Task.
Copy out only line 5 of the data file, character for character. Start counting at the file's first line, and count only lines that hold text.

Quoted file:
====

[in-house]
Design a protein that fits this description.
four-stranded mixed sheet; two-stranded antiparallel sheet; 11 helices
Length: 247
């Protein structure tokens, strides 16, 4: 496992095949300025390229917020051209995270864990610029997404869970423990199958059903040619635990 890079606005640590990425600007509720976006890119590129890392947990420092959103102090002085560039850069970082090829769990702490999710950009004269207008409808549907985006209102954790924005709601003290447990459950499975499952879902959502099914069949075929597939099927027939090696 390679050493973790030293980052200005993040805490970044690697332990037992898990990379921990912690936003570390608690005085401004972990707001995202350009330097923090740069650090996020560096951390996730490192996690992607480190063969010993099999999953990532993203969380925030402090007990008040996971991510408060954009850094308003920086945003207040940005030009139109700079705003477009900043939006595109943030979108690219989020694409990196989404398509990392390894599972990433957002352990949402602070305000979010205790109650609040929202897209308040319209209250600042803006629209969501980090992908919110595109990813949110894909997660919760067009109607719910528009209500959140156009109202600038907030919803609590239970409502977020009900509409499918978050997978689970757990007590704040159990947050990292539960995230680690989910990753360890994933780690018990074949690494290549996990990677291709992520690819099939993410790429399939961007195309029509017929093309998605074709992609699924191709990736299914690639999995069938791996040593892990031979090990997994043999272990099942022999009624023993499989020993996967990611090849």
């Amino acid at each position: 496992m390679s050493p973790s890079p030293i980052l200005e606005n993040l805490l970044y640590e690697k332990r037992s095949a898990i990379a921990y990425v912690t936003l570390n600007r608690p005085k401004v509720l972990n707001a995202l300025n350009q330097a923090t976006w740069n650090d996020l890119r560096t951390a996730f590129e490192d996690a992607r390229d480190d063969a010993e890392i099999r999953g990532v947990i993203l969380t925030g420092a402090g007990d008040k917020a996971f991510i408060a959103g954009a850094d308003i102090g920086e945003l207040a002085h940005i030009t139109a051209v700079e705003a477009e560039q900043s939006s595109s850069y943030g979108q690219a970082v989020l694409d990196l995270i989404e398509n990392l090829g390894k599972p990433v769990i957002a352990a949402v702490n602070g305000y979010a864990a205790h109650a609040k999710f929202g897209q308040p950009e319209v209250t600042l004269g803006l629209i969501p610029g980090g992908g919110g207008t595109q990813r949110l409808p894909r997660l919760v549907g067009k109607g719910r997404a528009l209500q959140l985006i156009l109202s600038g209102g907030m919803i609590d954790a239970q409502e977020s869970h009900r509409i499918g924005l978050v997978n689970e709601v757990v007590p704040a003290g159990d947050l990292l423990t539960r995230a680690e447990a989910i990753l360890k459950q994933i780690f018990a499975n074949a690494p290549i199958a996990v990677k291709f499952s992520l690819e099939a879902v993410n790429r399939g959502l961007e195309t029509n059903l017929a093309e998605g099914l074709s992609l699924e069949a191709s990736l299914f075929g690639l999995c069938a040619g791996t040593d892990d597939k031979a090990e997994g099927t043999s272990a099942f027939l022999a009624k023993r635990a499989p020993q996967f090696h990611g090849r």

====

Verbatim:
């Protein structure tokens, strides 16, 4: 496992095949300025390229917020051209995270864990610029997404869970423990199958059903040619635990 890079606005640590990425600007509720976006890119590129890392947990420092959103102090002085560039850069970082090829769990702490999710950009004269207008409808549907985006209102954790924005709601003290447990459950499975499952879902959502099914069949075929597939099927027939090696 390679050493973790030293980052200005993040805490970044690697332990037992898990990379921990912690936003570390608690005085401004972990707001995202350009330097923090740069650090996020560096951390996730490192996690992607480190063969010993099999999953990532993203969380925030402090007990008040996971991510408060954009850094308003920086945003207040940005030009139109700079705003477009900043939006595109943030979108690219989020694409990196989404398509990392390894599972990433957002352990949402602070305000979010205790109650609040929202897209308040319209209250600042803006629209969501980090992908919110595109990813949110894909997660919760067009109607719910528009209500959140156009109202600038907030919803609590239970409502977020009900509409499918978050997978689970757990007590704040159990947050990292539960995230680690989910990753360890994933780690018990074949690494290549996990990677291709992520690819099939993410790429399939961007195309029509017929093309998605074709992609699924191709990736299914690639999995069938791996040593892990031979090990997994043999272990099942022999009624023993499989020993996967990611090849």